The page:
Medical conditions that contribute to hypothermia risks include underactive thyroid, poor nutrition, severe arthritis, Parkinson”s disease, spinal cord injuries and strokes. Almost any nerve or circulator damage can contribute to hypothermia.
Antidepressants, sedatives and antipsychotics can change the body”s temperature and cause issues with body temperature regulators.
Hypothermia can cause:
If you develop hypothermia because of cold weather exposure be aware that you may be at risk for frostbite, gangrene, chilblains and trench foot. All of these risks destroy the body tissues, nerves and small blood vessels.
Get treatment for hypothermia fast:
Limit movements to someone experiencing hypothermia to only those movements that are essential. Never massage the affected person. Vigorous movements might initiate cardiac arrest.
Move the affected person out of the cold to a warm and dry location. Shield affected persons form the cold and wind as much as possible.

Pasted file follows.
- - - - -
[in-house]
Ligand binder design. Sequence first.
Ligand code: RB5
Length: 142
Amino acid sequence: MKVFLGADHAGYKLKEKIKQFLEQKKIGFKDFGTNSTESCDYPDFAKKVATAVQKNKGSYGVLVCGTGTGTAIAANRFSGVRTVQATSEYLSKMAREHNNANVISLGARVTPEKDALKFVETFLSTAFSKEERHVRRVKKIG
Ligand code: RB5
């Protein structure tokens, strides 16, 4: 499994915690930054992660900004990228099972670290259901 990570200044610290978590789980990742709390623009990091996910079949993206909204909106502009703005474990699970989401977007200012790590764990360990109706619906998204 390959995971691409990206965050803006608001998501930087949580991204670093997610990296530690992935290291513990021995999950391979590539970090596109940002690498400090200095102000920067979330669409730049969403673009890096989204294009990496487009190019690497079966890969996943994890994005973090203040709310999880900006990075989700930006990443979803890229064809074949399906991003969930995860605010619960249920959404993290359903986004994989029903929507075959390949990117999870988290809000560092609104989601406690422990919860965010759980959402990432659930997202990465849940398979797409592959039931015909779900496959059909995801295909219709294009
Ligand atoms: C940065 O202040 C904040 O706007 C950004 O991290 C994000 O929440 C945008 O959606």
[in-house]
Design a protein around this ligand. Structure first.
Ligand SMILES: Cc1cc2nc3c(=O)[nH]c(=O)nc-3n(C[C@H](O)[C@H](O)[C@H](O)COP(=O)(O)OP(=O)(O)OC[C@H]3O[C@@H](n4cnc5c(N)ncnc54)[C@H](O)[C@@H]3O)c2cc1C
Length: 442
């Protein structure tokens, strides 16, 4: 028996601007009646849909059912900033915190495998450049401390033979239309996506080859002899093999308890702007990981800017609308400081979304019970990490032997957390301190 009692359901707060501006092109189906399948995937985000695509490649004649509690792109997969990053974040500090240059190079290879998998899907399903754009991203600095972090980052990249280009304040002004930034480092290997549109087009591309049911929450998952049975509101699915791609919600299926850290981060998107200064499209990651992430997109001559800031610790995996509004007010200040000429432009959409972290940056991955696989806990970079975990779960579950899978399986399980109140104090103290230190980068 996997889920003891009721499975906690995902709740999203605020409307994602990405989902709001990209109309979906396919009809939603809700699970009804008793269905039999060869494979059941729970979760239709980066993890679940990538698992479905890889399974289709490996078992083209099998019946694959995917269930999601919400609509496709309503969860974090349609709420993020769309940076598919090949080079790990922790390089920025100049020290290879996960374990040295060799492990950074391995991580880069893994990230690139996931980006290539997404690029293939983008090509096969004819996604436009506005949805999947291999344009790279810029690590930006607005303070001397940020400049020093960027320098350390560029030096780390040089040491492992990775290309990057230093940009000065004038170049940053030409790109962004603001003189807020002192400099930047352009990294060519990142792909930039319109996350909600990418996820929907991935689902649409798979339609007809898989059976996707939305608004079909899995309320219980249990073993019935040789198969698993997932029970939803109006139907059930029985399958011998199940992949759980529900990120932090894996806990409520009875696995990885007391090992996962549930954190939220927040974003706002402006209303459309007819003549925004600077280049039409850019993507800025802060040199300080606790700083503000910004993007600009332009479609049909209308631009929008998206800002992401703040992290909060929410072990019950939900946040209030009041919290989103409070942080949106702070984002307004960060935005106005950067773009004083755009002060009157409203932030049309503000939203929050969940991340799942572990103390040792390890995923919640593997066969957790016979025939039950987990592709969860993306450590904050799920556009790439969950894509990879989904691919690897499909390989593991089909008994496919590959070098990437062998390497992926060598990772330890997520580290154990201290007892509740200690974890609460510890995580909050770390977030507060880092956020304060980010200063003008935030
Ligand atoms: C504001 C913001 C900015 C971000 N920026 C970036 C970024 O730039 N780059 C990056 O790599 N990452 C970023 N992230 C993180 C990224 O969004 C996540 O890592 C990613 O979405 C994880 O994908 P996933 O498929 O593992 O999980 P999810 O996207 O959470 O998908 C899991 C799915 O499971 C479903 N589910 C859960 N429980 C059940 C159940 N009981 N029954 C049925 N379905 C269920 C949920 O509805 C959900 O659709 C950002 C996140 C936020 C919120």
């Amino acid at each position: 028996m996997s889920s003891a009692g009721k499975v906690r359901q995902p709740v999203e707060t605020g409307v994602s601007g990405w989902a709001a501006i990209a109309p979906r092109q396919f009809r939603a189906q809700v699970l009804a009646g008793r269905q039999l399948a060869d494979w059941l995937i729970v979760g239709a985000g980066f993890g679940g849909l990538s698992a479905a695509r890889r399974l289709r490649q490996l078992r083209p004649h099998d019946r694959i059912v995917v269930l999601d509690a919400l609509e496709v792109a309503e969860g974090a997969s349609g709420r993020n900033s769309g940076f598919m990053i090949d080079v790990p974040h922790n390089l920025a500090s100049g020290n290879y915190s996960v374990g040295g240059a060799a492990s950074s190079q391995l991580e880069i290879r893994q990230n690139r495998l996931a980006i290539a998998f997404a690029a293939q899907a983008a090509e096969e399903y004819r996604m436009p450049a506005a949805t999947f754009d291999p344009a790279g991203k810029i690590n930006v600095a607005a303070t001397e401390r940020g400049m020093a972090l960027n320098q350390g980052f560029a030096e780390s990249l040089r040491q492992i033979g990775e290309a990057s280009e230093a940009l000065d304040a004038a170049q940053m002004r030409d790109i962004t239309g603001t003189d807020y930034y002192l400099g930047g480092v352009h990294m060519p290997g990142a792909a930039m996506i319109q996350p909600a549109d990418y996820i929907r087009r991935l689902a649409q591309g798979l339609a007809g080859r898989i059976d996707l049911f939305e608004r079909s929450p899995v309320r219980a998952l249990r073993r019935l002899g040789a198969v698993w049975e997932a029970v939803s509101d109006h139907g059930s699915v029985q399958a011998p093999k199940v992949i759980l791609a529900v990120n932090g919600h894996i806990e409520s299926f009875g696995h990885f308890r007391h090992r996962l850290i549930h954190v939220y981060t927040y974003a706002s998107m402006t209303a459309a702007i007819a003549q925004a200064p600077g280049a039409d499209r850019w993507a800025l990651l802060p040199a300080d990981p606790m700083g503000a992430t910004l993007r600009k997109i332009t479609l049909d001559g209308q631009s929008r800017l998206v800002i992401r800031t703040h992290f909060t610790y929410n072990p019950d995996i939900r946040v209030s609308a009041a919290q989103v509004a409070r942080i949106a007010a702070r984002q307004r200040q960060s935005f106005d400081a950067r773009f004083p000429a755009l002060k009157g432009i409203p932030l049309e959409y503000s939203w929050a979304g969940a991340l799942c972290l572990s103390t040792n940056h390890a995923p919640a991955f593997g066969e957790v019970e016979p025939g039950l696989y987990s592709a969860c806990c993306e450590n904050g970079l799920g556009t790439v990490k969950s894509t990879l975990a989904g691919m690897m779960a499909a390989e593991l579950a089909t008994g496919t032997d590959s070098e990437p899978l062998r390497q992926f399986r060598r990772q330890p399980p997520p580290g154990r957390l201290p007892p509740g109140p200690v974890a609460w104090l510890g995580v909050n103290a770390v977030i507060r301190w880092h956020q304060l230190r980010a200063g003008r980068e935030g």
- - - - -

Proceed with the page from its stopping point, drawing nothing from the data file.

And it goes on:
Remove all wet clothing. Cut away clothing if necessary to avoid moving the patient.
Cover the person with warm dry blankets or coats. Leave only the face.
Monitor breathing patterns. If you find that the patient is not breathing you may have to administer CPR until help arrives.
Share body heat. Remove your own clothing and initiate skin-to-skin contact. Cover both of you with blankets.
Give the affected person warm beverages if you are able. Avoid caffeine however.
Use warm and dry compresses. A warm water bottle, a dryer warmed towed or a first aid warm compress applied only to the neck, chest or groin. Keep warm compress away from the arms and legs. Administering heat to the arms and legs will force cold blood toward the heart and cause the body”s core temperature to drop.